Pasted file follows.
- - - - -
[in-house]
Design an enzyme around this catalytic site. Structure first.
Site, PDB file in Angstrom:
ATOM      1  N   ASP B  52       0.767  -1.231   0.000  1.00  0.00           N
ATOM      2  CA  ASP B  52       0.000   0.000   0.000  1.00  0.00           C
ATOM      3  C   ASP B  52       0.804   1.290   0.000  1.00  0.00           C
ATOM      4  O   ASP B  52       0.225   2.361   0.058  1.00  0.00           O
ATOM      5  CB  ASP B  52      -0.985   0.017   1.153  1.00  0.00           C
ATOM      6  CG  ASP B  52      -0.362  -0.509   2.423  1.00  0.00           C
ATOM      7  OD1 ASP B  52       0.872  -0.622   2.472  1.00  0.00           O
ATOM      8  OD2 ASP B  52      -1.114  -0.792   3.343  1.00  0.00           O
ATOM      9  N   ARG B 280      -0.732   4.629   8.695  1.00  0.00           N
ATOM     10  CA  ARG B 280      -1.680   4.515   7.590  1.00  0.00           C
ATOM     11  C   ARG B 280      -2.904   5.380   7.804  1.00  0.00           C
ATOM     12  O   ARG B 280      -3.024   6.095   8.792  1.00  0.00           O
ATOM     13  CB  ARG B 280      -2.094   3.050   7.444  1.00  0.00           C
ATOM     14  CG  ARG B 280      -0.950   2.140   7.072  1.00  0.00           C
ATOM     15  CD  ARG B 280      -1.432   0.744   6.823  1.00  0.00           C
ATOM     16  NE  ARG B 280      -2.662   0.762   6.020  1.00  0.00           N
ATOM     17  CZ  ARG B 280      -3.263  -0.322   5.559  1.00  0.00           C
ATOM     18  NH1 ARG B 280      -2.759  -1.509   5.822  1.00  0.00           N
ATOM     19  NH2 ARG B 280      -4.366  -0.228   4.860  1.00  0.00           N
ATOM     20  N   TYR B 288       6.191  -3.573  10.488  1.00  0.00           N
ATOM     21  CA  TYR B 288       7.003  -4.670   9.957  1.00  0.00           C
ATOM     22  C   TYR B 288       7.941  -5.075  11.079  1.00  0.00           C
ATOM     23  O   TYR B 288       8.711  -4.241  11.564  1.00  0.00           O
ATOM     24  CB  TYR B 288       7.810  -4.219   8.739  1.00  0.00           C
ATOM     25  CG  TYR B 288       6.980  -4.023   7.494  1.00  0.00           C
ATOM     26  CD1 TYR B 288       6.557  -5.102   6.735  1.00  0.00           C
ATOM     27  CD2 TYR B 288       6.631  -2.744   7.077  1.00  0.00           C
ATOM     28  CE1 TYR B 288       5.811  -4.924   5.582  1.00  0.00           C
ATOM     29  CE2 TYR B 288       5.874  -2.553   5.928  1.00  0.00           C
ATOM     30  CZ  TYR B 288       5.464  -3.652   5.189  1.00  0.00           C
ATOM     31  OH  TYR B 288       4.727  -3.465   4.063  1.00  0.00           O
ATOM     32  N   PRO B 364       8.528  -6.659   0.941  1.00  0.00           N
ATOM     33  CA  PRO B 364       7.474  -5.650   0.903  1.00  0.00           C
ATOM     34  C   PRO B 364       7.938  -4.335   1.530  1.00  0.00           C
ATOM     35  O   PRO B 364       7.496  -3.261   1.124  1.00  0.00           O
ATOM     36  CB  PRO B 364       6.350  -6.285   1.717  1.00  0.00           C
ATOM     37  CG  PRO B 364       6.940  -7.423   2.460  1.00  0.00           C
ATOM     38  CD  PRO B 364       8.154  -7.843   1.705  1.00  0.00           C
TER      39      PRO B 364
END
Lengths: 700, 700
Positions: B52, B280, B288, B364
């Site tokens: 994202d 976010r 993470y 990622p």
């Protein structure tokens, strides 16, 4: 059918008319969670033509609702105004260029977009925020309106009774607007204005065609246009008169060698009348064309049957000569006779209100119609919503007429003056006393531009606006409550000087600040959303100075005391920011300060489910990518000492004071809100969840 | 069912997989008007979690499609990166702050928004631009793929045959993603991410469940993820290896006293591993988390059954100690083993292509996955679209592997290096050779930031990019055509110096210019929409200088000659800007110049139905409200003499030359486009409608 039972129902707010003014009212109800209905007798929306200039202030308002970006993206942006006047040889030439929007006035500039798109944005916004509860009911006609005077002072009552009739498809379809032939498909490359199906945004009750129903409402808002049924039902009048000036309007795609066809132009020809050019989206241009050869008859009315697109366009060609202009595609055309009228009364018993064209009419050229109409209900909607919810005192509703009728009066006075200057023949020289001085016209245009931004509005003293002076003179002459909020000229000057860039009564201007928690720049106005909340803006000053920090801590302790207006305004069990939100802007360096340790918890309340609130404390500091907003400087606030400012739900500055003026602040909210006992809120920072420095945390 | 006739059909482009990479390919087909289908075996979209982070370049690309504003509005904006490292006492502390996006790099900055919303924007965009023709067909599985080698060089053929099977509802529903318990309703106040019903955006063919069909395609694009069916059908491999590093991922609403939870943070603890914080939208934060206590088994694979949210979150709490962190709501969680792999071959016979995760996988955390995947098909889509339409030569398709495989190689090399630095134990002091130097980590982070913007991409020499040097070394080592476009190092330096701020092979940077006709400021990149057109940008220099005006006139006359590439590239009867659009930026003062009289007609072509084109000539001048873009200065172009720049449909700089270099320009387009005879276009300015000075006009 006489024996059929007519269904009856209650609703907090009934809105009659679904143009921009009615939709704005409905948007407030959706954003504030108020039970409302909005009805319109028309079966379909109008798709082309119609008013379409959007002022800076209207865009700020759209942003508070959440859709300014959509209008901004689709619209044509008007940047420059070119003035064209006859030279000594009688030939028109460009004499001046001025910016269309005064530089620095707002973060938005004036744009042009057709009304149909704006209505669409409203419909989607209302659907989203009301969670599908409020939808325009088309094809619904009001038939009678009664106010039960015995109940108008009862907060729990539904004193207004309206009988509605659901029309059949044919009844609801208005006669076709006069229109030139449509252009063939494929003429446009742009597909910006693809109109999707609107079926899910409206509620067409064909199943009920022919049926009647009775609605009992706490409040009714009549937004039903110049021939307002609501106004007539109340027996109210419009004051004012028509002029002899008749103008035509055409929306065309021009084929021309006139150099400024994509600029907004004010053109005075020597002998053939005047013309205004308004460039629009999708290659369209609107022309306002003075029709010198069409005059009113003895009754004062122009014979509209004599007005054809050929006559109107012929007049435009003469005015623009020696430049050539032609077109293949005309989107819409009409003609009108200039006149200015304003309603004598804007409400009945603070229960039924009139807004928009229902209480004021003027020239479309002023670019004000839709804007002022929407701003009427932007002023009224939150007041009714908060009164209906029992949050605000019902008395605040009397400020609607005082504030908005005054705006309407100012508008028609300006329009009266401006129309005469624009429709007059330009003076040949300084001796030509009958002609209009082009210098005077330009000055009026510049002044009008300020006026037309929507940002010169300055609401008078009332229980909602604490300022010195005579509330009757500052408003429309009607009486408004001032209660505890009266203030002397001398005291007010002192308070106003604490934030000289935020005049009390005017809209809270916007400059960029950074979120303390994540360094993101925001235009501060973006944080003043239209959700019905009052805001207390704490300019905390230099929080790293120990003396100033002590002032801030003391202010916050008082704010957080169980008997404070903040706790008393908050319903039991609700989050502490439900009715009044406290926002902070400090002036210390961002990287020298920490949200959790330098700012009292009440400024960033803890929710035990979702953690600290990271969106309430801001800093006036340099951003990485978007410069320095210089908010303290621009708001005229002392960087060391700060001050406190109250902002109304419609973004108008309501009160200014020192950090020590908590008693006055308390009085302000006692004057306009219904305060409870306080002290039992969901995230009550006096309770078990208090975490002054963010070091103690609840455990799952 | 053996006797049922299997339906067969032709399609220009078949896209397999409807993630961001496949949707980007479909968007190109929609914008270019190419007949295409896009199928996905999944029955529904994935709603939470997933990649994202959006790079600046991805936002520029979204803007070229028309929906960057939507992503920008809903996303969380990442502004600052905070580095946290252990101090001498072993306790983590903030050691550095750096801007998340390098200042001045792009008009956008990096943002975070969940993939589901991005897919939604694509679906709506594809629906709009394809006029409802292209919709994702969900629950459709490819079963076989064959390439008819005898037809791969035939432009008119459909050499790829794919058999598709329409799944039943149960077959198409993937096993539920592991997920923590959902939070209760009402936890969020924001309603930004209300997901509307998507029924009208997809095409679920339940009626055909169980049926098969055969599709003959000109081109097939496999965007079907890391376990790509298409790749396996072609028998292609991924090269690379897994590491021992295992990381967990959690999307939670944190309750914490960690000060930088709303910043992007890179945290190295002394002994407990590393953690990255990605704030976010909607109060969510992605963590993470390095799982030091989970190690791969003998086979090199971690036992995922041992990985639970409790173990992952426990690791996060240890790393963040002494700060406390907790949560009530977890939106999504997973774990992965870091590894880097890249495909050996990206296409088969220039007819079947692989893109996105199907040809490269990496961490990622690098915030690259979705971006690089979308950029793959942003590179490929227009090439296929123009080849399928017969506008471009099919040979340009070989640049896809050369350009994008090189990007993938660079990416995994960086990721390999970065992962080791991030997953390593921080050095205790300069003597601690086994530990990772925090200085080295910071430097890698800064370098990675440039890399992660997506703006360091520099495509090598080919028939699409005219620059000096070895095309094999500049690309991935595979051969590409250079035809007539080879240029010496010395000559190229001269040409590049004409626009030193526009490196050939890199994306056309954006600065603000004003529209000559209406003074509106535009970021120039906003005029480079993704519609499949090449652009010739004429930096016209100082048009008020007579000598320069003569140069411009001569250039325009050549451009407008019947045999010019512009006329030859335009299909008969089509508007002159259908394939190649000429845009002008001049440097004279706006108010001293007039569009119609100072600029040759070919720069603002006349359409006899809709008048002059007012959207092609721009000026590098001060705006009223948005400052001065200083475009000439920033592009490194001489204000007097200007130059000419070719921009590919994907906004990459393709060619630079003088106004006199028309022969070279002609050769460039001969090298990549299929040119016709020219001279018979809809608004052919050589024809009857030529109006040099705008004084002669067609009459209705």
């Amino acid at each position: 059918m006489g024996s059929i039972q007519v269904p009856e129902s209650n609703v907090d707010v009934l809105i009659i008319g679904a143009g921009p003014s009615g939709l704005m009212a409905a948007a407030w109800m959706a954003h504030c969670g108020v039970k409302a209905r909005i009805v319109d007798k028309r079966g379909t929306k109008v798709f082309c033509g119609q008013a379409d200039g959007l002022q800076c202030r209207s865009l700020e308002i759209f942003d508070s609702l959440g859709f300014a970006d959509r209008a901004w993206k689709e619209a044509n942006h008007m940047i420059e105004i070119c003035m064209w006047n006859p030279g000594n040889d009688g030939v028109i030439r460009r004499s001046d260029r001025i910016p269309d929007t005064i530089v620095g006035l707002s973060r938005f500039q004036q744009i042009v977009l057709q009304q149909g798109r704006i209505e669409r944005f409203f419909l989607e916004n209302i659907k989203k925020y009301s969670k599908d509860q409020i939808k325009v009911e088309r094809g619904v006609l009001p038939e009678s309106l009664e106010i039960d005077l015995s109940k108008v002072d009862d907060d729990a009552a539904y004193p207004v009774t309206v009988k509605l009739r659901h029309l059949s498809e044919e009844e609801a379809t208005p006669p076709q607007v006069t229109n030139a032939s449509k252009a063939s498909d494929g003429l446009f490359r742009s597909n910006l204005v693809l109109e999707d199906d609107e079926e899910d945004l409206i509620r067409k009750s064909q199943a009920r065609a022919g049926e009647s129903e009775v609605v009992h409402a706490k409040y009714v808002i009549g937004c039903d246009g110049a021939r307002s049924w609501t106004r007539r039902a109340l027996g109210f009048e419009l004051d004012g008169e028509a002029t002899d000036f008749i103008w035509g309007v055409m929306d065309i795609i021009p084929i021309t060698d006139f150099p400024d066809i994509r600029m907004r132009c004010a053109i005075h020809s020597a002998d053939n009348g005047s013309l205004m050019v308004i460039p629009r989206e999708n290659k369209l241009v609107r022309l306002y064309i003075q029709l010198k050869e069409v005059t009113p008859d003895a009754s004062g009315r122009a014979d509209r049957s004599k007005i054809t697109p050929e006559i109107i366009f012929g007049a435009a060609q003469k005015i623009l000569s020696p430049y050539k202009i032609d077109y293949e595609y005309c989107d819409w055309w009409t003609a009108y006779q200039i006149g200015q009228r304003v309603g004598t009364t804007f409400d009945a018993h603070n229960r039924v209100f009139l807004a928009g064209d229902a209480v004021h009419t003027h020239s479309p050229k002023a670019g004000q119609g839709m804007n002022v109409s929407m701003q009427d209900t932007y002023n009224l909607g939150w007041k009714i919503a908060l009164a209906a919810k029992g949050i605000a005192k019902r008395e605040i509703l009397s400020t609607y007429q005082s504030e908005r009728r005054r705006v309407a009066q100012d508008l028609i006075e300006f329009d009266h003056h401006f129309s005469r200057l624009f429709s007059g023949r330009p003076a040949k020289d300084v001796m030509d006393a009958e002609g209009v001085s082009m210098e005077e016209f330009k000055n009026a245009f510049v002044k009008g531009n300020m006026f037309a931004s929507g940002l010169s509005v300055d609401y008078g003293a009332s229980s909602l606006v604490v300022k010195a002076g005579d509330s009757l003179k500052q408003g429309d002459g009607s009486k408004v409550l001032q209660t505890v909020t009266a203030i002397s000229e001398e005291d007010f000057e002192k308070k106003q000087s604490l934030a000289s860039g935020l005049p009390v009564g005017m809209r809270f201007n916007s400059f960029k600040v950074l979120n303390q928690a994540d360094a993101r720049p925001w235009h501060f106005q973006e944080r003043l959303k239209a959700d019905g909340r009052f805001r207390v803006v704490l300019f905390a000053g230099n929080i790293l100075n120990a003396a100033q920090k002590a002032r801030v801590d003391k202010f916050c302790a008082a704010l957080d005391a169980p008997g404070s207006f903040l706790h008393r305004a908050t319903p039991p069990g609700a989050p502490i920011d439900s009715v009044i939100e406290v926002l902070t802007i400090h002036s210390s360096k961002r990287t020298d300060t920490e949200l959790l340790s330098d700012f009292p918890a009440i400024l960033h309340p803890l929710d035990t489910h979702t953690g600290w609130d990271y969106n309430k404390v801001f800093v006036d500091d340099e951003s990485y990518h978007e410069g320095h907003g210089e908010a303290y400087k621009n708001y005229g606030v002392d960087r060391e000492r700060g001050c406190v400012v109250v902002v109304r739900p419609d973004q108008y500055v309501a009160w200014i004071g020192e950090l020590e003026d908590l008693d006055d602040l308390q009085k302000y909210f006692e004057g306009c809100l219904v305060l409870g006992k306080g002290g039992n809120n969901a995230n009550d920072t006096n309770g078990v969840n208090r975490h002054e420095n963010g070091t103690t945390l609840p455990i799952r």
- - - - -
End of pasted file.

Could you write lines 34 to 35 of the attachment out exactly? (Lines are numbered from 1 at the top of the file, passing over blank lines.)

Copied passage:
ATOM     31  OH  TYR B 288       4.727  -3.465   4.063  1.00  0.00           O
ATOM     32  N   PRO B 364       8.528  -6.659   0.941  1.00  0.00           N